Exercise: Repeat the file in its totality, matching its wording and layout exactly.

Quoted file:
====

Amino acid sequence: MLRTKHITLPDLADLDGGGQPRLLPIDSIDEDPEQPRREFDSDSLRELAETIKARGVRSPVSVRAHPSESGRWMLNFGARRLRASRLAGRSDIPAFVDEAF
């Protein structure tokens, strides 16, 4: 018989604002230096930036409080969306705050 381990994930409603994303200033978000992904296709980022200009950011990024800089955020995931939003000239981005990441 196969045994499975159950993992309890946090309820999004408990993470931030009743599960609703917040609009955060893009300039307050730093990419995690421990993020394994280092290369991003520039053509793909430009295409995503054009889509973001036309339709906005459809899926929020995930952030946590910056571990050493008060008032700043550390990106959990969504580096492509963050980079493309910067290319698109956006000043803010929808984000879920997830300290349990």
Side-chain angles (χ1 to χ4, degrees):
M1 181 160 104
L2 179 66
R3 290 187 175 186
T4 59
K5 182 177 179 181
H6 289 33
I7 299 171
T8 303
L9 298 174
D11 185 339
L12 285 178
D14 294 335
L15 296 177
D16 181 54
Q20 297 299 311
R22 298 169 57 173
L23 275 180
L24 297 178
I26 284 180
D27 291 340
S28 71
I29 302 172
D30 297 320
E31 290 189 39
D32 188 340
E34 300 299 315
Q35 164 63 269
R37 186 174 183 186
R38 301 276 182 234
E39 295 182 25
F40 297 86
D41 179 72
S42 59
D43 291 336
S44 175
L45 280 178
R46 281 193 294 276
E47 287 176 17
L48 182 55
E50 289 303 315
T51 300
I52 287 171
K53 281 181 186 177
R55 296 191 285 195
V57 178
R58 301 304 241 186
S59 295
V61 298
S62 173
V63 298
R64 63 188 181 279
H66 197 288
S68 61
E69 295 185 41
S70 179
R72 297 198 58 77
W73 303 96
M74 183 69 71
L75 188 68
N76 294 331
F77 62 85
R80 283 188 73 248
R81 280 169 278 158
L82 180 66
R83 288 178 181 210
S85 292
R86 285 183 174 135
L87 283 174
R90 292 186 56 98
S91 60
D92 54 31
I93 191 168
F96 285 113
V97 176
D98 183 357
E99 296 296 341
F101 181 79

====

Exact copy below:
Amino acid sequence: MLRTKHITLPDLADLDGGGQPRLLPIDSIDEDPEQPRREFDSDSLRELAETIKARGVRSPVSVRAHPSESGRWMLNFGARRLRASRLAGRSDIPAFVDEAF
């Protein structure tokens, strides 16, 4: 018989604002230096930036409080969306705050 381990994930409603994303200033978000992904296709980022200009950011990024800089955020995931939003000239981005990441 196969045994499975159950993992309890946090309820999004408990993470931030009743599960609703917040609009955060893009300039307050730093990419995690421990993020394994280092290369991003520039053509793909430009295409995503054009889509973001036309339709906005459809899926929020995930952030946590910056571990050493008060008032700043550390990106959990969504580096492509963050980079493309910067290319698109956006000043803010929808984000879920997830300290349990």
Side-chain angles (χ1 to χ4, degrees):
M1 181 160 104
L2 179 66
R3 290 187 175 186
T4 59
K5 182 177 179 181
H6 289 33
I7 299 171
T8 303
L9 298 174
D11 185 339
L12 285 178
D14 294 335
L15 296 177
D16 181 54
Q20 297 299 311
R22 298 169 57 173
L23 275 180
L24 297 178
I26 284 180
D27 291 340
S28 71
I29 302 172
D30 297 320
E31 290 189 39
D32 188 340
E34 300 299 315
Q35 164 63 269
R37 186 174 183 186
R38 301 276 182 234
E39 295 182 25
F40 297 86
D41 179 72
S42 59
D43 291 336
S44 175
L45 280 178
R46 281 193 294 276
E47 287 176 17
L48 182 55
E50 289 303 315
T51 300
I52 287 171
K53 281 181 186 177
R55 296 191 285 195
V57 178
R58 301 304 241 186
S59 295
V61 298
S62 173
V63 298
R64 63 188 181 279
H66 197 288
S68 61
E69 295 185 41
S70 179
R72 297 198 58 77
W73 303 96
M74 183 69 71
L75 188 68
N76 294 331
F77 62 85
R80 283 188 73 248
R81 280 169 278 158
L82 180 66
R83 288 178 181 210
S85 292
R86 285 183 174 135
L87 283 174
R90 292 186 56 98
S91 60
D92 54 31
I93 191 168
F96 285 113
V97 176
D98 183 357
E99 296 296 341
F101 181 79